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For many Americans, the rise of the feminist movement in the 1970s brought a new awareness of the widespread violence women faced, particularly from people close to them. And then, like now, many people reached the conclusion that the solution should involve policing and incarceration. But, as politics and law scholar Emily Thuma writes, a significant portion of feminist groups, especially those led by women of color, pushed back against this idea.

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Starting in the early 1970s, Thuma writes, feminists founded hundreds of rape crisis centers and shelters for victims of domestic violence around the country. These organizations offered resources, counseling, and support to individuals, and many also tried to educate the larger communities where they were located about violence against women.

One issue these organizations often worried about was police and courts’ tendency to ignore violence against women. Some organizers, and some victims of violence, pushed the criminal legal system to ramp up punishment. That put them in an inadvertent alliance with a growing law-and-order government agenda.

But, Thuma writes, this tendency didn’t go unquestioned. For example, in 1974, a group of women active in the DC Rape Crisis Center founded the Feminist Alliance Against Rape Newsletter (FAAR). They sought to address concerns that “the rape issue was being co-opted” by government funders and politicians with a law-and-order agenda.

FAAR devoted its second issue to incarceration, arguing that “encouraging women to prosecute a rape [helps] to reinforce the legitimacy of the criminal justice system.” One article in the issue was written by the founders of Prisoners Against Rape, a peer-education program organized by Black men incarcerated for rape.

This brought a swift backlash from other feminist groups, such as San Francisco Women Against Rape, which criticized FAAR for supporting “male rapists’ needs and rights.” FAAR’s editors responded that they did not believe increased convictions would eliminate rape, and that feminists might do better fighting not for individual convictions but for broader social changes.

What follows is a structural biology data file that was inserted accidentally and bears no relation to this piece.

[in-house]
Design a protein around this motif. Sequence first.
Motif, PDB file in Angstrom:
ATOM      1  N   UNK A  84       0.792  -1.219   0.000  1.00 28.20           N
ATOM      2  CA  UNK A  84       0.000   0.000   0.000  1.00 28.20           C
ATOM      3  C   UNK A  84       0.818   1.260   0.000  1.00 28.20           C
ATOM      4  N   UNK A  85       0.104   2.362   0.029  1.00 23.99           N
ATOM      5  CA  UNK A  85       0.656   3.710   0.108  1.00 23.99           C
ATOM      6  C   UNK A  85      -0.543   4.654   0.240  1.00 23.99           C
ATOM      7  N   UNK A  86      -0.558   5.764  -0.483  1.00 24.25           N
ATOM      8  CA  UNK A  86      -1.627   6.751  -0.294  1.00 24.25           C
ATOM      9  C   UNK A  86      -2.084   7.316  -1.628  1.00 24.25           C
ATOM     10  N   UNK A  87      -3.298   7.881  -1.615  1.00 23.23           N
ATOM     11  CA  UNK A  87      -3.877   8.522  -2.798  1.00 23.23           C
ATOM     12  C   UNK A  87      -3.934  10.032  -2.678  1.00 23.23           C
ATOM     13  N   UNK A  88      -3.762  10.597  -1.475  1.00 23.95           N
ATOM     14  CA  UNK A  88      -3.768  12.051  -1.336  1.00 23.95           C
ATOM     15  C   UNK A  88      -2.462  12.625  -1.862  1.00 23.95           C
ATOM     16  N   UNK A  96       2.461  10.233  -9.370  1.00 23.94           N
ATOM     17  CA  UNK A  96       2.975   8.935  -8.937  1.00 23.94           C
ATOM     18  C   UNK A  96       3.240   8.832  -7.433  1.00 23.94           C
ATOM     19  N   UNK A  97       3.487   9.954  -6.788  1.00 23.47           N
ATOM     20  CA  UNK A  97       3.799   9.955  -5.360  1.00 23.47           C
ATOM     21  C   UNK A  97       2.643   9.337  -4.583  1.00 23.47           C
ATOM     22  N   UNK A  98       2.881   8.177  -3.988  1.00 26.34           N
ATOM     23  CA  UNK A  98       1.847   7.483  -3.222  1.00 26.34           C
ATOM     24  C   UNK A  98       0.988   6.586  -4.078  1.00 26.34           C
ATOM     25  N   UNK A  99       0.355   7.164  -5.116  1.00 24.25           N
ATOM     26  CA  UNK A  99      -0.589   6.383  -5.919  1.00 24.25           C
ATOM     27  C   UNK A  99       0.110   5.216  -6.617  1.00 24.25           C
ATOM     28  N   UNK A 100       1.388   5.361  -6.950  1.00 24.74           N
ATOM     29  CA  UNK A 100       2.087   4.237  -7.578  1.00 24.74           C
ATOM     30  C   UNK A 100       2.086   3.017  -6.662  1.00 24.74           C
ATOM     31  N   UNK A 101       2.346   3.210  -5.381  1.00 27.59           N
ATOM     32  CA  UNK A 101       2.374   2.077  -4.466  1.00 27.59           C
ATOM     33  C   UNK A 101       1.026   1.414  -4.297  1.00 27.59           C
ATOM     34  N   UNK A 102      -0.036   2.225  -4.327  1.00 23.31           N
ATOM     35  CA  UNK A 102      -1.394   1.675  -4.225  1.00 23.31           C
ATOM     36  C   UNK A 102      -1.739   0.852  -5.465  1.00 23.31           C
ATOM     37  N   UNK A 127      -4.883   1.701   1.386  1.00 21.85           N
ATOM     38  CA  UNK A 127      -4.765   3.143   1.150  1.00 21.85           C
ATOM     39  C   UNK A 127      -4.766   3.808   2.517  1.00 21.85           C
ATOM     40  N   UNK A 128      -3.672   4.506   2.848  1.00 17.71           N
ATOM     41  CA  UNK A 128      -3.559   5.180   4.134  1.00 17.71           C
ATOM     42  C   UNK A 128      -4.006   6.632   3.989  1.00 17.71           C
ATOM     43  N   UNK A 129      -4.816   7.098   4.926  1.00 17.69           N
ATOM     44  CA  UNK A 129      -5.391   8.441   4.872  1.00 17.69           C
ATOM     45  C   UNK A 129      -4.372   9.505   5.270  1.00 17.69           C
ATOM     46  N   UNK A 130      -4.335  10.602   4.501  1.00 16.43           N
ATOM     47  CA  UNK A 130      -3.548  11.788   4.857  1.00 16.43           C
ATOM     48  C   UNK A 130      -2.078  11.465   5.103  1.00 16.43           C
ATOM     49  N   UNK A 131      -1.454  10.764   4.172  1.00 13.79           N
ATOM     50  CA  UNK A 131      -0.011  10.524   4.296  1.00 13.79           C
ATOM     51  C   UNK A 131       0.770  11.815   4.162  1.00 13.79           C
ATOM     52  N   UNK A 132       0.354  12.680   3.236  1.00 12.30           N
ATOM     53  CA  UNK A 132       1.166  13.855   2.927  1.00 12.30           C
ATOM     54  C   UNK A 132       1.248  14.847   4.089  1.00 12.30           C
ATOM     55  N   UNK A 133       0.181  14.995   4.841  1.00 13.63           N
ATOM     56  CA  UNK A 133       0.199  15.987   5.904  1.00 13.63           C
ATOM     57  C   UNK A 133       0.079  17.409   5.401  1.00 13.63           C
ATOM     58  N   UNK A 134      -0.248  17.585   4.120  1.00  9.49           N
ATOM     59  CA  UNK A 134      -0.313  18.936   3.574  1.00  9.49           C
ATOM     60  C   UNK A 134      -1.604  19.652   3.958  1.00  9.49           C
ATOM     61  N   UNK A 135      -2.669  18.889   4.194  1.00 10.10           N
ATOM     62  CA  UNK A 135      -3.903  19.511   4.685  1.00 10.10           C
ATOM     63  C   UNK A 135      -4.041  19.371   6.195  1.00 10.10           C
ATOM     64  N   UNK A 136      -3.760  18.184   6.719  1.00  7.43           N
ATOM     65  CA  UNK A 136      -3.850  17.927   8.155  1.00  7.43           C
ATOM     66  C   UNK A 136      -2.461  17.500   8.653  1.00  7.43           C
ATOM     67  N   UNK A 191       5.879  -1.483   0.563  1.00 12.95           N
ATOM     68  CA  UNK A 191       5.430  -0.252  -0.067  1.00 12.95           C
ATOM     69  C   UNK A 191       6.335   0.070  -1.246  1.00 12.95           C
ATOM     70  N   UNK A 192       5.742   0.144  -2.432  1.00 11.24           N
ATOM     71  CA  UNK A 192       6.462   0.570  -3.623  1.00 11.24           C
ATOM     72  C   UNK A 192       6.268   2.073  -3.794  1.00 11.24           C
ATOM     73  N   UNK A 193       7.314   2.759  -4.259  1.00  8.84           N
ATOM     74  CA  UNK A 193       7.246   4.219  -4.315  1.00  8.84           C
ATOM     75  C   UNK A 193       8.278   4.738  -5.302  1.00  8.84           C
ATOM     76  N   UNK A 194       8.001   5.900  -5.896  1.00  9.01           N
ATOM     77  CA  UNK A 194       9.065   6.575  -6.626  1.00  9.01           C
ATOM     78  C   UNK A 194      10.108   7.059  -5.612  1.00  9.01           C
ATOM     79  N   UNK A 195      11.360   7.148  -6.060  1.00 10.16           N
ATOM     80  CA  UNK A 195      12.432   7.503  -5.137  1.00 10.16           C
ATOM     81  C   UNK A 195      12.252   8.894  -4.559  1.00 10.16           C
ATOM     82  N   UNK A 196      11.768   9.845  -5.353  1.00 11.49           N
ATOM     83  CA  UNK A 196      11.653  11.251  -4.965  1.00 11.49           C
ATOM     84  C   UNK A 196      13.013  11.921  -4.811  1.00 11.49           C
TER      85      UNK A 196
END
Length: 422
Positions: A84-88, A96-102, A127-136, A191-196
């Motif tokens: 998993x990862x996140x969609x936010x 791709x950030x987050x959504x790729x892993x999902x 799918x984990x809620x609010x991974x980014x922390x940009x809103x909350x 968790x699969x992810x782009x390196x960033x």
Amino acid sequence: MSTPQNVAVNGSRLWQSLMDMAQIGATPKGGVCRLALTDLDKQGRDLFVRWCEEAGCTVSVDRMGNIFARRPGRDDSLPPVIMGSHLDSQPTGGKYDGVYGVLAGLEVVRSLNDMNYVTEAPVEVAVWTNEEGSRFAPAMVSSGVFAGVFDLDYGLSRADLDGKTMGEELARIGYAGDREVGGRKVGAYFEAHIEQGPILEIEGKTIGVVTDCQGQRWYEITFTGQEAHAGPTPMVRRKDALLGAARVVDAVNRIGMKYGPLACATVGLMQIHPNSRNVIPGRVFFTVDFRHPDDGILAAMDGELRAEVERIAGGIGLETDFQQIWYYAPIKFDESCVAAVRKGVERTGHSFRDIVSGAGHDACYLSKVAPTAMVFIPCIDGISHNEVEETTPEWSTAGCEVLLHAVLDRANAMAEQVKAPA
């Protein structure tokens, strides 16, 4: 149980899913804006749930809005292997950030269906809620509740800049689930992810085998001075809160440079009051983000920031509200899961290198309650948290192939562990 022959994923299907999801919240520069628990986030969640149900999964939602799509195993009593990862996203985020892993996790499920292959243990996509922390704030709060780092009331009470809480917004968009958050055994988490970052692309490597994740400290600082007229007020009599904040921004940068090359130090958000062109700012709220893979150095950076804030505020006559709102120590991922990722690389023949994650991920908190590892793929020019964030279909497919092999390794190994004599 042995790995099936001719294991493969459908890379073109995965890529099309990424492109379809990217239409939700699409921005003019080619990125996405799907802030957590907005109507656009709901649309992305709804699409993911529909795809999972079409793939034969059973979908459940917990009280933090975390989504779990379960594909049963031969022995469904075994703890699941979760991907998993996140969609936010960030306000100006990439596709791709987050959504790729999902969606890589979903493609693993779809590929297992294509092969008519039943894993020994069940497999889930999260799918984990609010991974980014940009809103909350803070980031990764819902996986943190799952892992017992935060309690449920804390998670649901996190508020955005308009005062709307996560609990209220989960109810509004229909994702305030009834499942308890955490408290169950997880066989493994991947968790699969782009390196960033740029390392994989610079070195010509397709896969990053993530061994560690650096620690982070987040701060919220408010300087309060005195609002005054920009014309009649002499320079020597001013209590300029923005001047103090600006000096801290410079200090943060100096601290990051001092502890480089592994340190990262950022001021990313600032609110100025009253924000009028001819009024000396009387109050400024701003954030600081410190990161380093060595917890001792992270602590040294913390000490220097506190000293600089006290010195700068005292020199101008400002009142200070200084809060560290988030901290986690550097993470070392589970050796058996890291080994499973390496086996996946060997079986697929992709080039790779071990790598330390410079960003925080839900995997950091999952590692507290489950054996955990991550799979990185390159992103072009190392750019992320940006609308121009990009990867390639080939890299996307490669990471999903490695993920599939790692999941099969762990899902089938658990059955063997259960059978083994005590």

Thuma writes that feminist critiques of policing and incarceration coalesced around several incidents in which women of color were arrested for killing a sexual assailant. The most influential of these was the case of Joan Little, a 20-year-old Black woman held in prison in North Carolina who, in 1974, fatally stabbed a white guard who was attempting to rape her. A majority-white grand jury indicted her for first-degree murder, making her potentially eligible for the death penalty. Over the months that followed, Black feminist organizers from local colleges and groups including the Black Panther Party organized support for her. The campaign not only helped lead to her acquittal, but brought nationwide attention to the particular dangers incarceration posed to Black women.

Writing about the Little case in Ms. Magazine, scholar-activist Angela Davis noted the long history of white male impunity for sexual violence against Black women—as well as the harsh punishments almost invariably applied to Black men accused of assaulting middle-class white women.

As Thuma concludes, movements for women’s rights and racial justice continue to debate these issues today.

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Women's Studies Quarterly, Vol. 43, No. 3/4, THE 1970s (FALL/WINTER 2015), pp. 52-71
The Feminist Press at the City University of New York